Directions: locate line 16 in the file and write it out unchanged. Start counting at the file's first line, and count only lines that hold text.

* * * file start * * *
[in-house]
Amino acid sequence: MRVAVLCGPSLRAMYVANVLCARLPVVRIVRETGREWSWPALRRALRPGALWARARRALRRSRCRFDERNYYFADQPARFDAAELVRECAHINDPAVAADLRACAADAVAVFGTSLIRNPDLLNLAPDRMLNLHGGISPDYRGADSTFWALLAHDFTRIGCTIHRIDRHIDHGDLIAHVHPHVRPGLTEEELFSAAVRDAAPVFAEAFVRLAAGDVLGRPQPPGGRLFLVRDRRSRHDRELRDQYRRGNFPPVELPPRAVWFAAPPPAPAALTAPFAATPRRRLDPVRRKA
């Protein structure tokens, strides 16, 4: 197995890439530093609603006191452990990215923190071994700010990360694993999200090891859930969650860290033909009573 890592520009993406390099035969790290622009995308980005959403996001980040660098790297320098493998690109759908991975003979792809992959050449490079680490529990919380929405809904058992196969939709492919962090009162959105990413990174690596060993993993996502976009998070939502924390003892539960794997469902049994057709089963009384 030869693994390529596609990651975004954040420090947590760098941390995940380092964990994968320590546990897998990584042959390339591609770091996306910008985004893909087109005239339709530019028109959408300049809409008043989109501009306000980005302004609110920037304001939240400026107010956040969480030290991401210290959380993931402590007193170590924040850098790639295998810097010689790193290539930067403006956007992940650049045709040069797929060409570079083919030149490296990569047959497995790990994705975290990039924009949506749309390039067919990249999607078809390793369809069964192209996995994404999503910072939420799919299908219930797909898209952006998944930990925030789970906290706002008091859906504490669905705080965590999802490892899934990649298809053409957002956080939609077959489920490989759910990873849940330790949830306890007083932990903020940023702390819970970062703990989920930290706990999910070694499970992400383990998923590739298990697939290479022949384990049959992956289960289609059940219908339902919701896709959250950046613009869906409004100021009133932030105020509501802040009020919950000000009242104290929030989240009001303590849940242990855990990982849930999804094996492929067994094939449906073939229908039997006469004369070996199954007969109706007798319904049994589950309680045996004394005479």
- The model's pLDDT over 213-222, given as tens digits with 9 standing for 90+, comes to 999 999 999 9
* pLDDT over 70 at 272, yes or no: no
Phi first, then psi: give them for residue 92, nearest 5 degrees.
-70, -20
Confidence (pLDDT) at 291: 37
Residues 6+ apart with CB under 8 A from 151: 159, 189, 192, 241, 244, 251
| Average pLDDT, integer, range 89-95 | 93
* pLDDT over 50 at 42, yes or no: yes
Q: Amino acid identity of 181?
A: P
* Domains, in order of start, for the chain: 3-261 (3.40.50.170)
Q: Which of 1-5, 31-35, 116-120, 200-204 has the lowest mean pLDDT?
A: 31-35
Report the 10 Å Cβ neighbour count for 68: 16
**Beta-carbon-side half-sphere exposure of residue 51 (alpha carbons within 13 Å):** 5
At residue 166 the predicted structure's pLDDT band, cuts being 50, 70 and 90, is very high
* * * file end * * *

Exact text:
A: 31-35